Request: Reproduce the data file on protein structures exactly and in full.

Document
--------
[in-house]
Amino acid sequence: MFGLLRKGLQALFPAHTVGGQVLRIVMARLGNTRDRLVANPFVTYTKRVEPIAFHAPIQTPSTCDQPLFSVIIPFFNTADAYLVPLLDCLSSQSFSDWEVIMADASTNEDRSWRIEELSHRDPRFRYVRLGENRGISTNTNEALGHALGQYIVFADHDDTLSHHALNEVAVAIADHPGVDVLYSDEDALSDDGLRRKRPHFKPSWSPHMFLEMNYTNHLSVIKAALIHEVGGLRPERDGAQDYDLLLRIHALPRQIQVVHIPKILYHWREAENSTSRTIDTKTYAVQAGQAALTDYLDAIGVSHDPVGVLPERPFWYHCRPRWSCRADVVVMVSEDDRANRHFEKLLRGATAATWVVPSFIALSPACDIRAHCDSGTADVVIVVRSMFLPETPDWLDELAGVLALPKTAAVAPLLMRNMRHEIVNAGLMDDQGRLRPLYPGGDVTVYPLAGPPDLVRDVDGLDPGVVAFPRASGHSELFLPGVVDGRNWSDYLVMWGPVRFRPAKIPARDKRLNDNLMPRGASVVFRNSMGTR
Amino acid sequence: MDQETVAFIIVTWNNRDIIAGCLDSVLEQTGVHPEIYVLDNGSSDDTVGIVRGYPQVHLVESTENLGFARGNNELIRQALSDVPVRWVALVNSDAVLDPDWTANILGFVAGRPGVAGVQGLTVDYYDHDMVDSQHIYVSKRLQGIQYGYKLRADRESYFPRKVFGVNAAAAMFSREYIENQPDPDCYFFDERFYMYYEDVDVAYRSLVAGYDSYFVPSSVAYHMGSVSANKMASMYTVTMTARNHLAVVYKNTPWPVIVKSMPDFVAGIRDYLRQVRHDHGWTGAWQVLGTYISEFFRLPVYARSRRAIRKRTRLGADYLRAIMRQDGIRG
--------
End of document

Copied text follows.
[in-house]
Amino acid sequence: MFGLLRKGLQALFPAHTVGGQVLRIVMARLGNTRDRLVANPFVTYTKRVEPIAFHAPIQTPSTCDQPLFSVIIPFFNTADAYLVPLLDCLSSQSFSDWEVIMADASTNEDRSWRIEELSHRDPRFRYVRLGENRGISTNTNEALGHALGQYIVFADHDDTLSHHALNEVAVAIADHPGVDVLYSDEDALSDDGLRRKRPHFKPSWSPHMFLEMNYTNHLSVIKAALIHEVGGLRPERDGAQDYDLLLRIHALPRQIQVVHIPKILYHWREAENSTSRTIDTKTYAVQAGQAALTDYLDAIGVSHDPVGVLPERPFWYHCRPRWSCRADVVVMVSEDDRANRHFEKLLRGATAATWVVPSFIALSPACDIRAHCDSGTADVVIVVRSMFLPETPDWLDELAGVLALPKTAAVAPLLMRNMRHEIVNAGLMDDQGRLRPLYPGGDVTVYPLAGPPDLVRDVDGLDPGVVAFPRASGHSELFLPGVVDGRNWSDYLVMWGPVRFRPAKIPARDKRLNDNLMPRGASVVFRNSMGTR
Amino acid sequence: MDQETVAFIIVTWNNRDIIAGCLDSVLEQTGVHPEIYVLDNGSSDDTVGIVRGYPQVHLVESTENLGFARGNNELIRQALSDVPVRWVALVNSDAVLDPDWTANILGFVAGRPGVAGVQGLTVDYYDHDMVDSQHIYVSKRLQGIQYGYKLRADRESYFPRKVFGVNAAAAMFSREYIENQPDPDCYFFDERFYMYYEDVDVAYRSLVAGYDSYFVPSSVAYHMGSVSANKMASMYTVTMTARNHLAVVYKNTPWPVIVKSMPDFVAGIRDYLRQVRHDHGWTGAWQVLGTYISEFFRLPVYARSRRAIRKRTRLGADYLRAIMRQDGIRG